The flavor and aroma of food being cooked in the kitchen is truly mesmerizing. One of the most important part of cooking is adding a variety or layers of flavors through spices.
In every region there’s a specific way of how people blend and prepare their spices. Here in the Philippines, I am not sure if we have as many and as aromatic spices as those found in India. I remember when I had a business trip to Malaysia, some of my female colleagues cannot stand the spiciness and aroma of ‘curry’. For me, it was the best part of that trip because I get to savor and eat Malaysian, Chinese, and Indian food whenever I want.
Yes, the spices are truly spicier in Malaysia because they have Indian and Chinese spices, and not to mention the Malay spices that are, I think, a combination of both ancestral influences. If only all Filipinos will enjoy these dried herbs that are bursting with flavor, then, we’ll have many restaurants and eateries serving dishes similar to our neighboring countries.
I guess we only have a few, being paminta [ground or whole pepper corns], atswete [annatto], kasubha [looks like saffron, but it’s actually from safflower], and sili [chili pepper – fresh or dried, still considered a spice and condiment] the most prominent in our native Filipino dishes.
I can only imagine what spice-loving people from across the world have in their pantries and spice racks.
How I envy them for they can cook whatever they want without their mothers saying “what’s that smell!!!??” Typical Filipinos do not like the smell of aromatics such as herbs and spices that are not in typical Pinoy kitchens.
Here are some of the basic spices that, in my opinion, should be present in every kitchen spice rack:
Dried Basil – is crushed and dried basil leaves. Often used in Italian dishes, particularly pastas. Whereas fresh Thai basil is used for curries.
Pepper – preferably whole peppercorns that you can crack over pots of stews, soups, and other dishes. Freshly cracked black pepper smells and tastes better.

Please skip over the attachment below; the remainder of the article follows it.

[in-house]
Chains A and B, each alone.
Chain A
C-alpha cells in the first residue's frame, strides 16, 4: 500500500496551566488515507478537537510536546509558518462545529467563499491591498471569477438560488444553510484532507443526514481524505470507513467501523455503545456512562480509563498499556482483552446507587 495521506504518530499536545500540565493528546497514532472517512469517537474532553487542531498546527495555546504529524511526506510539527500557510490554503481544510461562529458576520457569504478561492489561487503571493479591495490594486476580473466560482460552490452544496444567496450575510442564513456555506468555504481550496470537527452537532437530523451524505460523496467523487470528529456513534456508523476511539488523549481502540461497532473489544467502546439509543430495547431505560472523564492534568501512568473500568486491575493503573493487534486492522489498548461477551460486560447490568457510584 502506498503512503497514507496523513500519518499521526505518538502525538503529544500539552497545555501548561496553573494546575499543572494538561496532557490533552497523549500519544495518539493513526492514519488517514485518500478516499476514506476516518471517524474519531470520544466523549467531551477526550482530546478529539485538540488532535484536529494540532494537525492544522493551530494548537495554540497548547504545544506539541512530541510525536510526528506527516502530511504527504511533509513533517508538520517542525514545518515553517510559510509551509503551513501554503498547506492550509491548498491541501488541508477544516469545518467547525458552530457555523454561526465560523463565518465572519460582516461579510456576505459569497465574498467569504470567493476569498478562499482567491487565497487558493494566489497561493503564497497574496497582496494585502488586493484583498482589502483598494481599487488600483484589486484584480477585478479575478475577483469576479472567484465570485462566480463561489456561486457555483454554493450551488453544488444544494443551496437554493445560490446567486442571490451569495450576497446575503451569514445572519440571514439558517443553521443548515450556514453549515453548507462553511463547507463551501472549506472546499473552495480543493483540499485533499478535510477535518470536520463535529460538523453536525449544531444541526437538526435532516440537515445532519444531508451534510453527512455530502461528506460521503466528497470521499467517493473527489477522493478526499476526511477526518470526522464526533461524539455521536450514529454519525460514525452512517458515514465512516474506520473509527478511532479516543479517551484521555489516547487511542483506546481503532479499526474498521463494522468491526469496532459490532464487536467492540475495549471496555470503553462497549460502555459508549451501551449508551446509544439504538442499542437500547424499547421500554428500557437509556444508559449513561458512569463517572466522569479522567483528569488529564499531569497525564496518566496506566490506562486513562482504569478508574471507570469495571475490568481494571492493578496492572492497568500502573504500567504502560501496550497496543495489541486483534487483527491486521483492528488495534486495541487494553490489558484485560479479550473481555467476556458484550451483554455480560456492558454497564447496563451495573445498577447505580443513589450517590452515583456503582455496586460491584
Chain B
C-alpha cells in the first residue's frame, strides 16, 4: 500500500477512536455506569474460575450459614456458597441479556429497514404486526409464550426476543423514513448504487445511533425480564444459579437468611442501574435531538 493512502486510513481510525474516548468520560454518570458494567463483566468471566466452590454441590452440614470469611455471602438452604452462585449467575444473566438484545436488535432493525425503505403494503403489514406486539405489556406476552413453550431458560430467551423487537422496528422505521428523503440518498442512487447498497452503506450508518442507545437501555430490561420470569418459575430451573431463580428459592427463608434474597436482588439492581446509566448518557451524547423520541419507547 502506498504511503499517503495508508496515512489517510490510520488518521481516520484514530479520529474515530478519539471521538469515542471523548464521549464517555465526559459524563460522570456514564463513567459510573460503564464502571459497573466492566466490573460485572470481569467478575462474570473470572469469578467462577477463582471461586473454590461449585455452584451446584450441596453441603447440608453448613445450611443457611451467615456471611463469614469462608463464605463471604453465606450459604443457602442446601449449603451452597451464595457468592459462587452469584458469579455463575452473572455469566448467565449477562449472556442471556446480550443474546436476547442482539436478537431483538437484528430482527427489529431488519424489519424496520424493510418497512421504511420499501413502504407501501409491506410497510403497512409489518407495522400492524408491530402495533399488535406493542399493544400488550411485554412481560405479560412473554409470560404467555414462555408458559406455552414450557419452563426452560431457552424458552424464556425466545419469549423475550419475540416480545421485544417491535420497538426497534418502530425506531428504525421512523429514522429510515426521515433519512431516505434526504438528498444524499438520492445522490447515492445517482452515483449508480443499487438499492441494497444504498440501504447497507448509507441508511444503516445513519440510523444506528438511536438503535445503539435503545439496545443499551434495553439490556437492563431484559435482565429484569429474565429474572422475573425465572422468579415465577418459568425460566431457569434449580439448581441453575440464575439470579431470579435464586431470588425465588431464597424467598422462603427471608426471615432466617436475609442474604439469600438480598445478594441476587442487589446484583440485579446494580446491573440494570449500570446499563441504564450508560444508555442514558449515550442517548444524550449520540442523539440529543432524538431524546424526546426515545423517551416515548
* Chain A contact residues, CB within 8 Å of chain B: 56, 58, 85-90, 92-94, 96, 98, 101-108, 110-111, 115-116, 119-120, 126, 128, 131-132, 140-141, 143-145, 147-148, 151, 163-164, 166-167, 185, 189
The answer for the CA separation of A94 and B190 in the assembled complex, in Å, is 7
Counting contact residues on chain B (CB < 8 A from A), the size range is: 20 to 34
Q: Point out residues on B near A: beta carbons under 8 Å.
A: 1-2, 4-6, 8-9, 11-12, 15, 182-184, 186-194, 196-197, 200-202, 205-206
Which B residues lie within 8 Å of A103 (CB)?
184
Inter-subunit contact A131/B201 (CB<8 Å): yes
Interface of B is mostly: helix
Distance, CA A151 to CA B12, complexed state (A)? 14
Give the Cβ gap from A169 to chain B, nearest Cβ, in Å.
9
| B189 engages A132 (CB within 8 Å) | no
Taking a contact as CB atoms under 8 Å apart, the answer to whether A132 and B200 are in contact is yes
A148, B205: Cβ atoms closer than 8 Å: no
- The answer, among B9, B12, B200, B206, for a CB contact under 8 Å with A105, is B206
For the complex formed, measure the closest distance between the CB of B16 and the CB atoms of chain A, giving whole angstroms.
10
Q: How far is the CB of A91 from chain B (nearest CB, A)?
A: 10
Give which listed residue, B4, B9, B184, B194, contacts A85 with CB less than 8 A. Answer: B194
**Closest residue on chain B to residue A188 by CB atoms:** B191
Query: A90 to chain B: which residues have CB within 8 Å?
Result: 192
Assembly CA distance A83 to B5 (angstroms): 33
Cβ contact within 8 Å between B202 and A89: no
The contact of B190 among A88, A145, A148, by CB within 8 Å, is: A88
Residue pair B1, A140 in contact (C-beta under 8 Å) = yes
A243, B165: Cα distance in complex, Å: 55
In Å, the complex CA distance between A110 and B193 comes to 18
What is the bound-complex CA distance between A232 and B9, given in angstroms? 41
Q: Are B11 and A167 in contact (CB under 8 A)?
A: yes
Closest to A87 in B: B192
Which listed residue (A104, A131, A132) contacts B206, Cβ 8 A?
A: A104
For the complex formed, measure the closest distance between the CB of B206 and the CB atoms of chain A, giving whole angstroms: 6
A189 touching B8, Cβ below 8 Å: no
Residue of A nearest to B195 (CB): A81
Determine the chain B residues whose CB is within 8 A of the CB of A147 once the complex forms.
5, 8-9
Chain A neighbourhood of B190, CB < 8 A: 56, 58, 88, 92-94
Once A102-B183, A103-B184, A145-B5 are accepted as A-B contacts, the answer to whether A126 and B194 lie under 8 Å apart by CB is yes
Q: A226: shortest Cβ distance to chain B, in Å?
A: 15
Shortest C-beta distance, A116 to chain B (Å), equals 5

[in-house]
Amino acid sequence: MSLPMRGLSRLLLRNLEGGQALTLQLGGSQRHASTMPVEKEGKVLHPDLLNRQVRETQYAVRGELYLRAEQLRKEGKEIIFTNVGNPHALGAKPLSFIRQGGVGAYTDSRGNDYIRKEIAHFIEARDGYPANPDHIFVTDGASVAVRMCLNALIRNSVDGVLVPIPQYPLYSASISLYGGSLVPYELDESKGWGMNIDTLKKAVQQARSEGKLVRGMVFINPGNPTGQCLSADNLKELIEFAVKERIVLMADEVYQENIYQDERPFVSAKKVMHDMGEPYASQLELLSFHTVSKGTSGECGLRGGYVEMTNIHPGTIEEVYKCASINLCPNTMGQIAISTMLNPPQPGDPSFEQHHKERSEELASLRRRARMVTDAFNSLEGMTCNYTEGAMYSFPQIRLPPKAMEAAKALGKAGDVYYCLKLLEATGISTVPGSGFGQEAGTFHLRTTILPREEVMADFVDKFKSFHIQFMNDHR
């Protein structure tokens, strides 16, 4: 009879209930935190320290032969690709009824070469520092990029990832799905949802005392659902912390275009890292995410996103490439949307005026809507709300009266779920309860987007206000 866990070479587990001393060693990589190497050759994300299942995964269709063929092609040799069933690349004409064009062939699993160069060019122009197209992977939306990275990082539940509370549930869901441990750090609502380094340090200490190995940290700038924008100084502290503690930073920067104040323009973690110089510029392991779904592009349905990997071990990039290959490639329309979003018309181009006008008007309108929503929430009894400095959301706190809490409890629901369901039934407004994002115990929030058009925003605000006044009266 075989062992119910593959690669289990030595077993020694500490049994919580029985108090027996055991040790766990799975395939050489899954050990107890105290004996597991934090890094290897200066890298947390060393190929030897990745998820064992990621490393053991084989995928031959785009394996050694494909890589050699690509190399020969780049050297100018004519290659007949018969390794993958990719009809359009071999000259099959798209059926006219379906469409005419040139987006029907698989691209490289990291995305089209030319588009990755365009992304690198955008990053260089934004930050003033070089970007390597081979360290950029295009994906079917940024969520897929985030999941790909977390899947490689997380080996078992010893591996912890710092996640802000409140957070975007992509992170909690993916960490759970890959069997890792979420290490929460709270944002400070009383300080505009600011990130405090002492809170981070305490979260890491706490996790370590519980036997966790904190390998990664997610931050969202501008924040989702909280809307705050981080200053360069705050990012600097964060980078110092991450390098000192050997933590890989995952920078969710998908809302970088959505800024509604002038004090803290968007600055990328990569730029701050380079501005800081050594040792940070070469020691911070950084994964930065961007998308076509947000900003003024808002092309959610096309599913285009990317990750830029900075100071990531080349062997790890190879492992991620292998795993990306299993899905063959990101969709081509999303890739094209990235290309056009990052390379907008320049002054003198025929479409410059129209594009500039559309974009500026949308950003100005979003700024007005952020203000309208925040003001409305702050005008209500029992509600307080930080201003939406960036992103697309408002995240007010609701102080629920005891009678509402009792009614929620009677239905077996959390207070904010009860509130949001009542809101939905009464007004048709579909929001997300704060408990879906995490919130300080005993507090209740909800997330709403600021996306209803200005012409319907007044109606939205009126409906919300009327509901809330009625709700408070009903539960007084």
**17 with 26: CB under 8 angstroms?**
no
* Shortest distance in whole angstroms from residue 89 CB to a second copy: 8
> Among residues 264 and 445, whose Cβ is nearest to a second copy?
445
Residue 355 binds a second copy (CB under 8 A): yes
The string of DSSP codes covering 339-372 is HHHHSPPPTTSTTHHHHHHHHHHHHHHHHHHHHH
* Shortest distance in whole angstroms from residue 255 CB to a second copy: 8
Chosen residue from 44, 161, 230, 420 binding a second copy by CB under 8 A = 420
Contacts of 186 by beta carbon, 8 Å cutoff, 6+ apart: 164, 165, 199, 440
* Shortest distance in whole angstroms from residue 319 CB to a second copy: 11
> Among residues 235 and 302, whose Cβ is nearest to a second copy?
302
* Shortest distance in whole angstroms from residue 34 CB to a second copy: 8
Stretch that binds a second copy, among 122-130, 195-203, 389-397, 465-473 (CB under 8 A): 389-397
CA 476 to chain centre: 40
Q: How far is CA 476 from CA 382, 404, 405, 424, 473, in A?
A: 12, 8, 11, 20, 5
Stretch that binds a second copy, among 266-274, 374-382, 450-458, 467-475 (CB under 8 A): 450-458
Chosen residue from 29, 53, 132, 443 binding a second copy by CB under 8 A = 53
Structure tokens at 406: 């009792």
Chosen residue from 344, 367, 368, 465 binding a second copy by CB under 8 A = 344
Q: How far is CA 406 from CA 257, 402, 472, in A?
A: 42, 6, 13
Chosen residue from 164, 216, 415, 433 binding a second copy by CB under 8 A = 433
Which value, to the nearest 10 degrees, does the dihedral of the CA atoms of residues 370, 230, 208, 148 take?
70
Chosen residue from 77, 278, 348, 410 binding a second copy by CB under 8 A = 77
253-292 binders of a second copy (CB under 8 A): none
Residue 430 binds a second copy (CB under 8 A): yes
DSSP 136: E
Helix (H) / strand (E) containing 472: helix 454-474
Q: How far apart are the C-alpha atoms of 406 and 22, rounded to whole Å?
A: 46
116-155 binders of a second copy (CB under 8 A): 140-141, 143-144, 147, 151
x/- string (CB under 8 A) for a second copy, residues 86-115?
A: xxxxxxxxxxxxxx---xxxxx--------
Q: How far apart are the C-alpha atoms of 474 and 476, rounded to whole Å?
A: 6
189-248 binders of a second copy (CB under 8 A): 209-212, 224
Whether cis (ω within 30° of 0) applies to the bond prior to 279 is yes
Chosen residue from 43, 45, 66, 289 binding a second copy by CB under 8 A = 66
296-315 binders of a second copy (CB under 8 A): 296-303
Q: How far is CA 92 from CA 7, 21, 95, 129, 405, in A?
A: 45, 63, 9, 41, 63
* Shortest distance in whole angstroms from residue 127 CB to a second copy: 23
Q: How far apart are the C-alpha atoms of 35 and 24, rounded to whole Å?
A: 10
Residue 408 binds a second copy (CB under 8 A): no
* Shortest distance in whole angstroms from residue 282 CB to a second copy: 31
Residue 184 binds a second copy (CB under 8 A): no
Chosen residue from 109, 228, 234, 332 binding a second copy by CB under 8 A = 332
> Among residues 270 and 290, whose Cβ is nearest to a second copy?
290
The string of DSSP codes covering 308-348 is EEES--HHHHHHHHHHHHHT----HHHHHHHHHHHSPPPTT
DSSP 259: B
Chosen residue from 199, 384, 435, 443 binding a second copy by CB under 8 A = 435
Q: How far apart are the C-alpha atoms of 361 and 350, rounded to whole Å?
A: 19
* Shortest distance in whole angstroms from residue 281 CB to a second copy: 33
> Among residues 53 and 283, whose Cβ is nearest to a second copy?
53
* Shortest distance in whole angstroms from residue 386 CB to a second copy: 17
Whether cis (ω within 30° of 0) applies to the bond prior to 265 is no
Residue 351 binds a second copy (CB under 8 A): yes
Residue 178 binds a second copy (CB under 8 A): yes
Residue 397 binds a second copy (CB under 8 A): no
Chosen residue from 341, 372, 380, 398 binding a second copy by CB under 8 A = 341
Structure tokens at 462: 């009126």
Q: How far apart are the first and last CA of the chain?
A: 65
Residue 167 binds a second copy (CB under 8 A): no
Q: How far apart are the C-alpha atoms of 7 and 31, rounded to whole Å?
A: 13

Cayenne Pepper – made from spicy red peppers which is usually the ‘base’ of various bottled hot sauces. Indian and Cajun dishes usually have cayenne.
Chili Powder – made of blended dried chili peppers, coriander, oregano, and cumin. It is often used in Southwestern and Mexican dishes.
Cumin – is derived from a small seed. Ground cumin is mellow and aromatic. Middle Eastern and Indian dishes, particularly curries, always have cumin in them.
Curry Powder – a combination of various ground spices including cumin, coriander, turmeric.
Dried Oregano – comes from the mint family and is quite robust. Often used in South American, Mediterranean, and Cajun dishes.
Ground Ginger – has more intense flavor than fresh ginger. Ground ginger is often used in baking.
Bay Leaves – are aromatic and taste quite woodsy. Dried bay leaves are often sold than fresh ones and can be used in soups, marinades, and stews.
Cinnamon – is warm and aromatic. You can buy them ground or in rolled stick barks. Cinnamon is great for baking as well as cooking curries, chilies, and stews.
Dried Thyme – is fragrant and delicate-flavored. Great for meat, poultry, and veggie dishes.
Dried Rosemary – has the aroma of pine and lemon. Often used in Mediterranean dishes.
Vanilla Extract – is always used for baking or for desserts. It is made by soaking the vanilla pods in alcohol. Choose only pure vanilla extract.
If you want to know more about spices, visit Spices Inc.